Now ,I have provided myself with a house for I bought a little piece of ground fenced in with a very small house upon it. There is a good well of water. The only thing now is to make the house a little larger, and then as regards a home I shall be all right. I cannot get a house for less than £1O.O.0 per year rent and that is a great deal to save. The house will in a few years pay for itself.

I thought I could not do a better thing with what money I had left. Mr Chapman, I suppose took on hands to forward the money to me, and he did not forget to pay himself for his trouble. £9.0.0 he kept back and sent me £91.0.0 and then I had all post offices charges to pay which was nearly another pound. I ought not to mention it as I was truly thankful to get it. I should write to Waters Masters and Mr Ryder. I am sorry to say I have not done so yet. It must be done by the next mail. The least I could do would be to acknowledge receipt of it.

Give my love to Waters and Mary when you see them. Let me know their address. I send you this mail, a newspaper or two. I wish you would send me one every mail. I will endeavour to send you one monthly. I expect the mail to close now in a few minutes and I must conclude by wishing all of you all the happiness and good health the world can afford.

I must say my eye still remains as it was. I cannot yet see with it. My hand is getting stronger but it can never be so strong as was. There is a great portion of the side of the hand taken away.

My love to all and I remain your affectionate brother

Thomas Waters

Tell me where to write to William, George, Annie. I hope Mr Robarts will write to me as soon, and as often as he can. If Mr Franklin is still living, let me know his address. I have never heard of George Beecher. I wrote to him but no answer. I believe he is not a great way from here – Allot7 of Section 26. Jenning St. You will see a X made in the allotment that is the one I bought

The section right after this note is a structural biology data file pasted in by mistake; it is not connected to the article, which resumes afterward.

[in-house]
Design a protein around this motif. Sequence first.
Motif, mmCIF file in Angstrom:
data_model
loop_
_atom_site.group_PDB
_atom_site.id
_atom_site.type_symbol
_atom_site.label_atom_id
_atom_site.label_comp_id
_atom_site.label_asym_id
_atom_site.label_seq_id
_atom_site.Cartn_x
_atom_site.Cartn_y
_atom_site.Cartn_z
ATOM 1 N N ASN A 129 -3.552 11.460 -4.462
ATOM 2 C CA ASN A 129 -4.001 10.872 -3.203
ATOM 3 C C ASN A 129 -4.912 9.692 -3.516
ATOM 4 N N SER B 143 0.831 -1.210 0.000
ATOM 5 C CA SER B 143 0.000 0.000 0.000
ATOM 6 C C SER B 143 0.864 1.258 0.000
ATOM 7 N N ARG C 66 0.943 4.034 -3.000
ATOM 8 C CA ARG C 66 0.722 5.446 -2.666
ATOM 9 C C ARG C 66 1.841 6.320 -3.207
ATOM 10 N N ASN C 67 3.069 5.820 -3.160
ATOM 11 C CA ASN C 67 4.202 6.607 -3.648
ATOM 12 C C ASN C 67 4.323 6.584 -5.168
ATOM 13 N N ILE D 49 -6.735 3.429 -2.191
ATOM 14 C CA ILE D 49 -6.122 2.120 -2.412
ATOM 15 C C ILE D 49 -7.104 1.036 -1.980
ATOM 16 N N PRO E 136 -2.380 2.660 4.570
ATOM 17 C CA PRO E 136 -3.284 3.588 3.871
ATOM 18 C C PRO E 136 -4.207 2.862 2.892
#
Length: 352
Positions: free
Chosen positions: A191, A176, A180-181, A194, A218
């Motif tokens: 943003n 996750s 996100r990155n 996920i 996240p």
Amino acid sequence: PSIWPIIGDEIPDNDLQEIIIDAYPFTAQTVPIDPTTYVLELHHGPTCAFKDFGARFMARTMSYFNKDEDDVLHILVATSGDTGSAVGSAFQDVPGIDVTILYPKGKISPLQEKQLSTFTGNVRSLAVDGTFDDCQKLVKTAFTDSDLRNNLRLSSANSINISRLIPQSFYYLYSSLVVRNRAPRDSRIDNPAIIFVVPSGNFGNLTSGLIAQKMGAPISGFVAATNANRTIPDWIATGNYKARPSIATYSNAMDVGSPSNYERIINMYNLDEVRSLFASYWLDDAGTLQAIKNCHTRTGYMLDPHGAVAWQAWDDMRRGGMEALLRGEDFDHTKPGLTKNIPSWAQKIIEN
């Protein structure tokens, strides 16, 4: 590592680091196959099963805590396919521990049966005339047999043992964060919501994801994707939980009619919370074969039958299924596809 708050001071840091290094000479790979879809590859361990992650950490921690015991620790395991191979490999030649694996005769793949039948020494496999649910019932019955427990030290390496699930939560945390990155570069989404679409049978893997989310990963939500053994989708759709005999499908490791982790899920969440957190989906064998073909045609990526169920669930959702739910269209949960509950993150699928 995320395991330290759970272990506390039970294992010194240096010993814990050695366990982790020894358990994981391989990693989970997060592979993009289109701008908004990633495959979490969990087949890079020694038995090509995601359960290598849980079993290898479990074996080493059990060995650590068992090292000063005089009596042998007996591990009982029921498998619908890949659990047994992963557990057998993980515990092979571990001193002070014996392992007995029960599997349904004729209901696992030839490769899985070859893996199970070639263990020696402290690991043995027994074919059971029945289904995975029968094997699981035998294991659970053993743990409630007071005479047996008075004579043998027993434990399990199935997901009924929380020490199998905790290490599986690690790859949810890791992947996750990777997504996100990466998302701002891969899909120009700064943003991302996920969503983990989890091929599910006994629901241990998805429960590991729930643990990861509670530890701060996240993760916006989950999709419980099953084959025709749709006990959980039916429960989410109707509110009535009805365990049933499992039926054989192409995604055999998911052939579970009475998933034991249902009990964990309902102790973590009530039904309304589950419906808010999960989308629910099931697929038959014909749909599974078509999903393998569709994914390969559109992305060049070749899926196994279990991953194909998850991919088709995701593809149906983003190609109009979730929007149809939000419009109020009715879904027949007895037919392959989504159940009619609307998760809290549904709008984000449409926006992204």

Thomas Waters
Melbourne Victoria

*Thomas writes this letter to his sister Elizabeth and her husband Joseph Robarts
*The money referred to that he received from England, was bequeathed to him by his father in his will

Links to the previous letters.

Thomas Waters’ Letters to Bedfordshire 23 February 1866
Thomas Waters’ Letter to Bedfordshire – May 1862
Thomas Waters’ Letter to Bedfordshire – August 1862
Thomas Waters’ Letter to Bedfordshire – 17 May 1863
Thomas Waters’ Letter to Bedfordshire – 23 May 1863
Thomas Waters’ Letter to Bedfordshire Kyneton 23 May 1864
Thomas Waters’ Letters to Bedfordshire 23 March 1865
Thomas Waters’ Letter to Bedfordshire 20 September 1866
Thomas Waters’ Letters to Bedfordshire 9 October 1871

Brief timeline for Thomas Waters

*Punctuation and paragraphs corrections to spelling errors have been added to the above transcription for ease and speed of reading
My thanks to Graham Revill, Surrey, England, for transcribing these letters and lodging them with the Royal Historical Society of Victoria.
  1. These old letters are such a treasure – thank you for sharing.

  2. Thomas’s longing to hear from relatives back home comes across so forcibly in his letter. It highlights the stark challenges facing our ancestors when they set out to forge a new life, so far from home.

  3. Laura Hedgecock permalink

    Oh, how heartbreaking. It’s a great insight into how our immigrant ancestors felt, living an ocean or two apart from loved ones. Thank you for sharing these beautiful letters.

  4. “I wonder how it is that no one cares to write to me from England.” ~ That sentence alone just tears at my heart. I agree with the above comments, in that his letters can give us a glimpse into our own ancestors’ feelings when they immigrated so far away from family.

  5. Letters are such a valuable resource for letting our ancestors tell their stories in their own words. Thomas seems so lonely… such a sad story. Thank you for sharing!